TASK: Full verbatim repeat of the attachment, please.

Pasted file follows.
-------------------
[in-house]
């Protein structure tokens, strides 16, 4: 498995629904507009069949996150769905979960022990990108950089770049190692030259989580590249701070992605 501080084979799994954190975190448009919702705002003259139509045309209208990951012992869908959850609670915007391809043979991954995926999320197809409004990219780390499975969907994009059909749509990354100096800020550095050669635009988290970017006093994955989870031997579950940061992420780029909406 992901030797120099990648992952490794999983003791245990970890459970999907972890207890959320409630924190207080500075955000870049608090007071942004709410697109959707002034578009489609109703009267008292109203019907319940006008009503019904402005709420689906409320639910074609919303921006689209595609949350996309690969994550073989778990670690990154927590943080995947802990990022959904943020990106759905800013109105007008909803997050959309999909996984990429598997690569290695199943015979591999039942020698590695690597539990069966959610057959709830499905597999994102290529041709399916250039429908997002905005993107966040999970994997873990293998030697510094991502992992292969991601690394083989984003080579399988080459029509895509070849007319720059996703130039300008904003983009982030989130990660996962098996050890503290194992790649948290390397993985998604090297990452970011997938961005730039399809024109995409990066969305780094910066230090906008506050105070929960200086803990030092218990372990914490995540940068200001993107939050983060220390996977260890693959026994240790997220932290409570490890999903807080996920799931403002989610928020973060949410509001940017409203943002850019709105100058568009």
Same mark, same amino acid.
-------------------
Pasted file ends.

[in-house]
């Protein structure tokens, strides 16, 4: 498995629904507009069949996150769905979960022990990108950089770049190692030259989580590249701070992605 501080084979799994954190975190448009919702705002003259139509045309209208990951012992869908959850609670915007391809043979991954995926999320197809409004990219780390499975969907994009059909749509990354100096800020550095050669635009988290970017006093994955989870031997579950940061992420780029909406 992901030797120099990648992952490794999983003791245990970890459970999907972890207890959320409630924190207080500075955000870049608090007071942004709410697109959707002034578009489609109703009267008292109203019907319940006008009503019904402005709420689906409320639910074609919303921006689209595609949350996309690969994550073989778990670690990154927590943080995947802990990022959904943020990106759905800013109105007008909803997050959309999909996984990429598997690569290695199943015979591999039942020698590695690597539990069966959610057959709830499905597999994102290529041709399916250039429908997002905005993107966040999970994997873990293998030697510094991502992992292969991601690394083989984003080579399988080459029509895509070849007319720059996703130039300008904003983009982030989130990660996962098996050890503290194992790649948290390397993985998604090297990452970011997938961005730039399809024109995409990066969305780094910066230090906008506050105070929960200086803990030092218990372990914490995540940068200001993107939050983060220390996977260890693959026994240790997220932290409570490890999903807080996920799931403002989610928020973060949410509001940017409203943002850019709105100058568009």
Same mark, same amino acid.